It is easy to realize that you are right and everyone else is wrong. A number of people have asked just what they should do about that once they realize the gross errors the rest of the world has fallen into and the way the world is sinning against them. The following is a guide.
This is a guide to edifying Others (that is, helping *others* to be edified rather than ourselves)
D&C 84: 106 "And if any man among you be strong in the Spirit, let him take with him him that is weak, that he may be edified in all meekness, that he may become strong also."
This essay is on how to edify others in all meekness.
This essay assumes two things.
First, you feel oppressed by someone in the LDS hierarchy as the result of doctrinal or role conflicts.
Second, you believe in the LDS gospel and scriptures. [If you don’t, you are taking your conflict much too seriously and may find that you believe more than you think or think more than you believe.]
There are numerous stories of people who have prevailed over members of the hierarchy, whether or not any oppression was going on. Whether it is a primary children’s group that wants a general authority to take time out and shake all of their hands or Mary Fielding Smith determined to cross the plains, the methods are fairly straightforward and clear and revolve around prayer.
Unceasing, united, singleminded, enduring and patient prayer is what it takes.
This shouldn’t surprise anyone, as Christ made a point that unceasing activity can prevail even on God — God not only rewards unceasing prayer, He recommends it. Never give up. Take a good look at Luke 18:1-8 (note Luke 18:9-14 also). If you want to prevail in a religious or spiritual confrontation, the first step is to commit yourself and your allies to unceasing prayer.
Next, from the life of Alma, united action and prayer should be the response to affliction and oppression. When Alma listened to Abinadi, went to the Waters of Mormon, and began to preach and baptize, and then fled into the wilderness, I doubt that he expected oppressors to come on him. When they did, and Alma turned to God, His response was for the people to be unified in their unceasing prayer.
The same response is what Alma relied upon when his son, Alma the Younger, began to abuse position and influence. The people united in unceasing prayer and God responded.
In order to be unceasing and united, you and those who support you need to know what you want and be singleminded about it. James 1:4 promises results, but James 1:5 warns what happens if you are not singleminded. A single focus aids unity and can preserve your ability to be unceasing.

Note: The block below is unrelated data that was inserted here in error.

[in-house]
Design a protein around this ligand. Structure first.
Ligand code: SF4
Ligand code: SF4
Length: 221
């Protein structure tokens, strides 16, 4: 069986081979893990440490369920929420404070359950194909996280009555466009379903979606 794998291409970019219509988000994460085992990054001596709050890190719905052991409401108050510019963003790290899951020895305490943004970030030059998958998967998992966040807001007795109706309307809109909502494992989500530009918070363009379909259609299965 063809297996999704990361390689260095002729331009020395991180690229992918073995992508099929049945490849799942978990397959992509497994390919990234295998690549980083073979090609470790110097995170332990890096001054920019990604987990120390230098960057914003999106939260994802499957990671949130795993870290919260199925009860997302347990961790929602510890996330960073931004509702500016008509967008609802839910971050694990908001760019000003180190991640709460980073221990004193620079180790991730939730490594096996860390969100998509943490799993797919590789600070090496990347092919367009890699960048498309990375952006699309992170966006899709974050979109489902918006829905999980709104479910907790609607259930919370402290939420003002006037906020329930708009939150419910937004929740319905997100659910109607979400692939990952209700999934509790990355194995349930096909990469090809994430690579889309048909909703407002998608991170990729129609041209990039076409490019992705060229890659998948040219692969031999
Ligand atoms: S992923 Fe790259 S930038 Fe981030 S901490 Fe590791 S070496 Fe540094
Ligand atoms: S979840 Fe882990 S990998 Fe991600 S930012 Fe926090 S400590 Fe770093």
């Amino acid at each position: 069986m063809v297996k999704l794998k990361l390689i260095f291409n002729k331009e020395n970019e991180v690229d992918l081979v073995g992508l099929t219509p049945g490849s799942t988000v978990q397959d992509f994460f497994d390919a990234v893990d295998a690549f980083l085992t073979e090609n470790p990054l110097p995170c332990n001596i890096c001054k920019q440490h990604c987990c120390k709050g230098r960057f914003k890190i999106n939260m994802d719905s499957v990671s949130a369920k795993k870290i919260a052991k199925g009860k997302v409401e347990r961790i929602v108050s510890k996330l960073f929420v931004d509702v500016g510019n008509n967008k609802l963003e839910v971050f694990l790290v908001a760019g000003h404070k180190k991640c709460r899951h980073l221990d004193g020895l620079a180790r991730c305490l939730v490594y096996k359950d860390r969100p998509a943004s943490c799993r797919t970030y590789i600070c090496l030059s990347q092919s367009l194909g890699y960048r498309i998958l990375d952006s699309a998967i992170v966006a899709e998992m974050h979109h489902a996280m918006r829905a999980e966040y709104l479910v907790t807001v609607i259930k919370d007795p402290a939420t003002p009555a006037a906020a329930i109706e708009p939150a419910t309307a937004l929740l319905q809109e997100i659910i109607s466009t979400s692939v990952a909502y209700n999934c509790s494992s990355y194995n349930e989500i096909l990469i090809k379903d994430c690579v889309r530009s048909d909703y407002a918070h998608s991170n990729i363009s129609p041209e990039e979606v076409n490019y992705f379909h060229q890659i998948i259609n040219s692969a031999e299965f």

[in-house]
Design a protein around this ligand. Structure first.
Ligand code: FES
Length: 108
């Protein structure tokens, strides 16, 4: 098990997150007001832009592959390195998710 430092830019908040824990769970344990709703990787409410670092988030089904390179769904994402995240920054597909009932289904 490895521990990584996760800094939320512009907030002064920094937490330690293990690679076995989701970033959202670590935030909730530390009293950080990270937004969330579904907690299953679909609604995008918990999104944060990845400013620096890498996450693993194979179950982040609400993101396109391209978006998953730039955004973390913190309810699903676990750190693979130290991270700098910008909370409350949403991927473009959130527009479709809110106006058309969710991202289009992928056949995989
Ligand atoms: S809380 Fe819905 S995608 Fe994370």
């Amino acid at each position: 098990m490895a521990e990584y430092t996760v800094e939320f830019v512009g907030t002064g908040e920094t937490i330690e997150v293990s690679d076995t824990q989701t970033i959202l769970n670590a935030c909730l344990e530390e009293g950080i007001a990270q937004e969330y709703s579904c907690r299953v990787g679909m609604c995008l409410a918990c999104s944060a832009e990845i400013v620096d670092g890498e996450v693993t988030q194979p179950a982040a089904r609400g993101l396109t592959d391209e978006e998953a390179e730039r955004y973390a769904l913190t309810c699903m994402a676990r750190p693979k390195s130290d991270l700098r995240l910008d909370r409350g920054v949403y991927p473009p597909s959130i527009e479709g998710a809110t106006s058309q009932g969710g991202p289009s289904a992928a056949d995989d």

Finally, be enduring (Hebrews 11) and patient (in your patience you keep your souls). That gives you a simple five points to work with.
Using those five points fast, pray individually morning, noon and night, and in groups on a regular basis.
- In unceasing prayer.
Of course there are some risks.
1. You could be wrong, be under no illusions, decide not to change, and destroy yourself by calling down the power of God. That is the story of Korihor.
2. You could be wrong, refuse to admit you are wrong, decide not to change, and be caught by the father (not the mother) of lies. Many people chose to suffer from self delusion rather than repent. That is the story of Corianton.
3. You could be wrong, refuse to admit you were wrong, and just give way to ennui. That is the lukewarm water approach most commonly seen (cf Rev. 3:16).
4. You could be both a little wrong and a little right (most people are) and find that the results are not what you expected or wanted. Joseph Smith had that happen when he finally took up the temperance issue with God. The brethren were not expecting the word of wisdom (in fact, they all anticipated the opposite, a revelation that would put “those people” in their place).
5. You could be right and still not get what you expected. That is the end of Jonah’s story when God did not destroy Nineveh after all. (note also D&C 1:14).
In all Meekness
The biggest problem is that we are counseled to act in meekness, by persuasive and loving means (D&C 121:43ff), leaving sharpness to the direction and hand of God and the Spirit.
Of course that does not lend itself well to pride or self aggrandizement in prevailing against those we feel oppress us (note D&C 121: 35ff in that regard), but if you just want to assuage your pride, there are better venues.
D&C 64:8 "My disciples, in days of old, sought occasion against one an- other and forgave not one another in their hearts; and for this evil they were afflicted and sorely chastened ..."
Expect the same if you do not act in love and forgiveness. But if your motives are pure, and you endure in prayer with God, expect results.